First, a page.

On Nov. 11, 1939, in a game between the Centenary Gentlemen and the Texas Tech Red Raiders, more NCAA single-game records (13) were set than in any other game played in NCAA history. What on earth happened?
To set the scene, let's take a quick look at college football in the late 1930s. Last year, in 2017, FBS teams averaged 403.6 yards of total offense per game. Of those, 174 came on the ground, and 229.6 were from passing. In 1939, with teams averaging almost two more plays per game than in 2017, the average yards per game was just 202.3, with a breakdown of 135.9 rushing and 66.4 passing.
So even in perfect conditions, football saw half as much offense in 1939, and teams passed the ball less than half as often.
But Nov. 11, 1939 in Shreveport, Louisiana was very, very far from perfect conditions. According to Weather Underground’s historical archive, there were 2.23 inches of rain in Shreveport that day, making it the fourth-rainiest day of the year. Shreveport only got 38.75 inches of rain that entire year, so this one day accounted for three weeks’ worth of rain.
As a result, conditions were miserable, according to the Shreveport Times on Nov. 12:
“On a field of mud and in a heavy rain that made running and serial plays null and void, the Gentlemen battled the heavier and rugged Red Raiders of Texas Tech to a scoreless tie."
Sounds like a thrilling game, we know. But it gets so much better.
Centenary received the opening kickoff, returning it to the 13-yard line. On the very next play, the Gentleman said "No, thank you," and punted the ball right back to Texas Tech. The Red Raiders ran two plays for three yards, then — you guessed it — punted the ball to Centenary.
The idea was simple: With traditional offense ineffective at best, and dangerous at worst (due to injuries and turnovers, of which there were many), the best option for gaining field position was to boot the ball downfield and hope the returner either muffs the punt or fumbles the ball on the return. Regardless of the absent proof of efficacy, both teams went all in on the strategy, punting a combined total of 77 times, with 67 coming on first down. Those are not typos. During one stretch in the second half, there were 22 punts in a row.
Here's a fun breakdown of those 77 punts:
- 42 were returned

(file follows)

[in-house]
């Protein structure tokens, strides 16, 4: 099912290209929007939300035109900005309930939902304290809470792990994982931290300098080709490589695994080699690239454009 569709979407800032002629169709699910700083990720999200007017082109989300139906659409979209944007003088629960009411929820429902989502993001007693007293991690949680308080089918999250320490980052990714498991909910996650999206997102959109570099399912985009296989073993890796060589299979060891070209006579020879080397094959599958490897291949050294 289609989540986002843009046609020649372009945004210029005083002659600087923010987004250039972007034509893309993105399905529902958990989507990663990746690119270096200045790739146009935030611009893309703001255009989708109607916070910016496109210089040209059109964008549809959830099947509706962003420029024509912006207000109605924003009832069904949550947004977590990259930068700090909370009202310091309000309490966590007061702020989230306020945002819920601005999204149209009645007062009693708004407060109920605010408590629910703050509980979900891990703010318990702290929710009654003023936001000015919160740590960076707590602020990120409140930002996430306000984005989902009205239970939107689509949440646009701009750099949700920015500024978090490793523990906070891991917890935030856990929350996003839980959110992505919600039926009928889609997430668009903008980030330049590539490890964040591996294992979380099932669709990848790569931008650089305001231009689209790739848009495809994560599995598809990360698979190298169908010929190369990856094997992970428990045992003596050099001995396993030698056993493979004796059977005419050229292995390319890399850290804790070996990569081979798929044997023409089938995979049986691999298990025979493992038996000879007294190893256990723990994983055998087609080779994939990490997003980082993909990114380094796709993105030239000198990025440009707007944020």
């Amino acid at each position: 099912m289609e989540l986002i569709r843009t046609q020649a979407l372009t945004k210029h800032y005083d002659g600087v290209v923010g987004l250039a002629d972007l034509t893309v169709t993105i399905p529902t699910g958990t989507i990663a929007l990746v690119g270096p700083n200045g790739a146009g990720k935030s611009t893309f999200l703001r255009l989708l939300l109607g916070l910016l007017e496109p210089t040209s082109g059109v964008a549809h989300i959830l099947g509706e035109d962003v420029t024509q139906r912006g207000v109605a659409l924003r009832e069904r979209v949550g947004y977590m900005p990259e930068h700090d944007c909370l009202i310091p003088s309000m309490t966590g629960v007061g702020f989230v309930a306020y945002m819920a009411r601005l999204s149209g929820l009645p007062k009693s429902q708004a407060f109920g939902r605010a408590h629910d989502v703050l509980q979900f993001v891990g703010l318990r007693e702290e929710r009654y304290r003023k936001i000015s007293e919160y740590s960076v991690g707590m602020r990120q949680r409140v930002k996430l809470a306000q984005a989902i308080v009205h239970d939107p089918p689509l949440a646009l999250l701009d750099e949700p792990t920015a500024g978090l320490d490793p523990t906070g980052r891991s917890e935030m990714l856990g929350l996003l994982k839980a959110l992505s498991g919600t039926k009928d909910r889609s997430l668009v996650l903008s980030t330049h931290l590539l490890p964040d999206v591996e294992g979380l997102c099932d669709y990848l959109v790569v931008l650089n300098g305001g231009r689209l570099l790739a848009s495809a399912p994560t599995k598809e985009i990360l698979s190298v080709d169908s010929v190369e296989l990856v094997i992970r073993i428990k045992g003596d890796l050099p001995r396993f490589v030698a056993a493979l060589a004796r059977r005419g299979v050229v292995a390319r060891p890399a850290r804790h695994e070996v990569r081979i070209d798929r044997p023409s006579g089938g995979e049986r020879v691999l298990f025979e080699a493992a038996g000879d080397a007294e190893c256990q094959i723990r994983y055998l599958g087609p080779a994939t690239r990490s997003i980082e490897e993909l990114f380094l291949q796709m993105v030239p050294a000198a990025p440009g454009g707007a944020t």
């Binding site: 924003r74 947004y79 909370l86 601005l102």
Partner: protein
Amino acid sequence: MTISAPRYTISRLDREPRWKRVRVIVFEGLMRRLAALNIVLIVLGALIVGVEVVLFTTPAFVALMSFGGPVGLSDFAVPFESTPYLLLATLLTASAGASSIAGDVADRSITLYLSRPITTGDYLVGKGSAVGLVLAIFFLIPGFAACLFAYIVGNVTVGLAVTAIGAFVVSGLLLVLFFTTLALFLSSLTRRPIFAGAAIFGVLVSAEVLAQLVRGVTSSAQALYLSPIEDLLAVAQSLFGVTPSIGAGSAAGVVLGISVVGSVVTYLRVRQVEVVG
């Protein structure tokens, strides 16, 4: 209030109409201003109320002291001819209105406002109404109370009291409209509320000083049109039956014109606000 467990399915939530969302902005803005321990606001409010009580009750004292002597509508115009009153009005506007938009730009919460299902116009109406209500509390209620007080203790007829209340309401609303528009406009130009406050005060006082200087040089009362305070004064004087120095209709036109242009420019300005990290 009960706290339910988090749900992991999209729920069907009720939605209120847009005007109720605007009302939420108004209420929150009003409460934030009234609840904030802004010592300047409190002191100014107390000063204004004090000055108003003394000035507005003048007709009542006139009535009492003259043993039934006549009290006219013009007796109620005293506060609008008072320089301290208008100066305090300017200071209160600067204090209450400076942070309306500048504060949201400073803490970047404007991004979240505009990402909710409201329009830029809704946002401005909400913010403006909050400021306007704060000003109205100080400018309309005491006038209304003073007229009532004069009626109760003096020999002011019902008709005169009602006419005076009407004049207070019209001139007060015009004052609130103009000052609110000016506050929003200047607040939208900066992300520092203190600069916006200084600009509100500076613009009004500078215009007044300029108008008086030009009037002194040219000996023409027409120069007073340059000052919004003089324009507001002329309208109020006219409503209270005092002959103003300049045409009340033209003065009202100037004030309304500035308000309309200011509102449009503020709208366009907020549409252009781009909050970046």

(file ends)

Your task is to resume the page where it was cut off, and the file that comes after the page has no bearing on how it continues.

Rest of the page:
- 19 went out of bounds
- 10 were downed
- 1 went into the end zone for a touchback
- 4 were blocked
- 1 was fair caught
Of the ones returned, 14 were fumbled, and six of those were lost. But even when the tactic worked, neither team could close the deal.
There were two field-goal attempts in the game, but the conditions made kicking near-impossible. Centenary’s attempt from the 11-yard line missed. On the last play of the game, Texas Tech lined up for the game-winner from the 18-yard line. The kick traveled just 12 yards, rolling to a stop on the six-yard line.
The game ended with 30 yards of total offense (31 for Centenary, -1 for Texas Tech) and a 0-0 score. With that, the age of the punt-first offense was over before it could even begin
Centenary would finish the season 2-9-1, while Texas Tech would go 5-5-1. But both teams will live in on infamy in the FBS record book.
Here are all of the records from that game:
- Most punts, game — 36, Charlie Calhoun (Texas Tech)
- Most punting yards, game — 1,318, Charlie Calhoun (Texas Tech)
- Most punt returns, game — 20, Milton Hill (Texas Tech)
- Most combined punt and kickoff returns, game — 20, Milton Hill (Texas Tech)
- Most punts, both teams — 77, Texas Tech and Centenary
- Most punts, game — 39, Texas Tech
- Most punt returns, game — 22, Texas Tech
- Most punt returns, both teams — 42, Texas Tech and Centenary
- Fewest plays, game — 12, Texas Tech
- Fewest plays allowed, game — 12, Centenary
- Fewest plays, both teams — 33, Texas Tech and Centenary
- Fewest yards gained, both teams — 30, Texas Tech and Centenary
- Fewest rushes, both teams — 28, Texas Tech and Centenary